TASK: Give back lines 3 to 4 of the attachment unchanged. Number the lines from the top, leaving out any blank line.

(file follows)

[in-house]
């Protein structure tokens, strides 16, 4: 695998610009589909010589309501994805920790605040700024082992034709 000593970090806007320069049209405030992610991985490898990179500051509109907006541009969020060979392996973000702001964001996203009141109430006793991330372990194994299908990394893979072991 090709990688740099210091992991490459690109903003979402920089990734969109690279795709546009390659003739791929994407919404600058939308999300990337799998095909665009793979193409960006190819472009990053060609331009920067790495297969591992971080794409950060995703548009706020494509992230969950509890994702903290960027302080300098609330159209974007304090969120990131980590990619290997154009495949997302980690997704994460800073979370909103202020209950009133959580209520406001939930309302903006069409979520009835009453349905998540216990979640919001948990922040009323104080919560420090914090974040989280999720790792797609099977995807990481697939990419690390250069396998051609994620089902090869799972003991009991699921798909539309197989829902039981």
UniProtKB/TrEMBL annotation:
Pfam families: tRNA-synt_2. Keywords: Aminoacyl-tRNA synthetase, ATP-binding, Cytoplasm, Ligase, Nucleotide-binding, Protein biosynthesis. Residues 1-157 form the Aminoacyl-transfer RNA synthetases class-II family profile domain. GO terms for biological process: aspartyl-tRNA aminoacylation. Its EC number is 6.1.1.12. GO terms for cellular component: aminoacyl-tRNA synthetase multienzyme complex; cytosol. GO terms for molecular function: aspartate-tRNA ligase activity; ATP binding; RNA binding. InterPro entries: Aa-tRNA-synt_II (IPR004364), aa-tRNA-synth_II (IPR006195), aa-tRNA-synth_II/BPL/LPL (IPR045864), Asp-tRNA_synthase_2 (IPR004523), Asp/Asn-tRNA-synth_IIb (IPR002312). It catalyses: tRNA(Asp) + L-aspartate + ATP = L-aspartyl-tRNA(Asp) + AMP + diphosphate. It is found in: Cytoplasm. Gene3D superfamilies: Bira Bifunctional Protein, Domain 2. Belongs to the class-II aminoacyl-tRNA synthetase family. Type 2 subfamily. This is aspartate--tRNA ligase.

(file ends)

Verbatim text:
UniProtKB/TrEMBL annotation:
Pfam families: tRNA-synt_2. Keywords: Aminoacyl-tRNA synthetase, ATP-binding, Cytoplasm, Ligase, Nucleotide-binding, Protein biosynthesis. Residues 1-157 form the Aminoacyl-transfer RNA synthetases class-II family profile domain. GO terms for biological process: aspartyl-tRNA aminoacylation. Its EC number is 6.1.1.12. GO terms for cellular component: aminoacyl-tRNA synthetase multienzyme complex; cytosol. GO terms for molecular function: aspartate-tRNA ligase activity; ATP binding; RNA binding. InterPro entries: Aa-tRNA-synt_II (IPR004364), aa-tRNA-synth_II (IPR006195), aa-tRNA-synth_II/BPL/LPL (IPR045864), Asp-tRNA_synthase_2 (IPR004523), Asp/Asn-tRNA-synth_IIb (IPR002312). It catalyses: tRNA(Asp) + L-aspartate + ATP = L-aspartyl-tRNA(Asp) + AMP + diphosphate. It is found in: Cytoplasm. Gene3D superfamilies: Bira Bifunctional Protein, Domain 2. Belongs to the class-II aminoacyl-tRNA synthetase family. Type 2 subfamily. This is aspartate--tRNA ligase.